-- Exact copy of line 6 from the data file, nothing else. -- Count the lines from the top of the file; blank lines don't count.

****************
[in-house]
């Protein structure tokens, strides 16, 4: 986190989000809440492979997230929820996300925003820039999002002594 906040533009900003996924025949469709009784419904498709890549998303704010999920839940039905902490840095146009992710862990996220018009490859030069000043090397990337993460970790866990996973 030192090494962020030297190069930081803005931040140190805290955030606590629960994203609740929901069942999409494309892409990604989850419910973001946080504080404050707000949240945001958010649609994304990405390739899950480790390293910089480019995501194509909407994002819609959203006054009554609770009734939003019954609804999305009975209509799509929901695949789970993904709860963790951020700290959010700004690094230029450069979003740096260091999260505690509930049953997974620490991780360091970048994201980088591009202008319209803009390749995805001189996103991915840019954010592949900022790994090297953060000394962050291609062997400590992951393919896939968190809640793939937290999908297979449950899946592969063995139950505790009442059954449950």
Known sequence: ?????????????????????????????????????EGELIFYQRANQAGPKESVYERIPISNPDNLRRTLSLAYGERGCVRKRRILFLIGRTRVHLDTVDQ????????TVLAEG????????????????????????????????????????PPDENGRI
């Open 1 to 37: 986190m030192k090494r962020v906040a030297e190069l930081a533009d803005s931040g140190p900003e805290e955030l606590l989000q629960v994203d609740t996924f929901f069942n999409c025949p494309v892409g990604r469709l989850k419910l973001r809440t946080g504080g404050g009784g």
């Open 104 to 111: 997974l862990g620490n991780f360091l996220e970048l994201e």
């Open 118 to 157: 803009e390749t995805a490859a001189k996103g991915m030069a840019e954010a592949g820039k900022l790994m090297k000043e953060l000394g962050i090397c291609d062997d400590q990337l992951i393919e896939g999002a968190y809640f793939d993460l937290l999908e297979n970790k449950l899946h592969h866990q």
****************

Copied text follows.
């Open 118 to 157: 803009e390749t995805a490859a001189k996103g991915m030069a840019e954010a592949g820039k900022l790994m090297k000043e953060l000394g962050i090397c291609d062997d400590q990337l992951i393919e896939g999002a968190y809640f793939d993460l937290l999908e297979n970790k449950l899946h592969h866990q």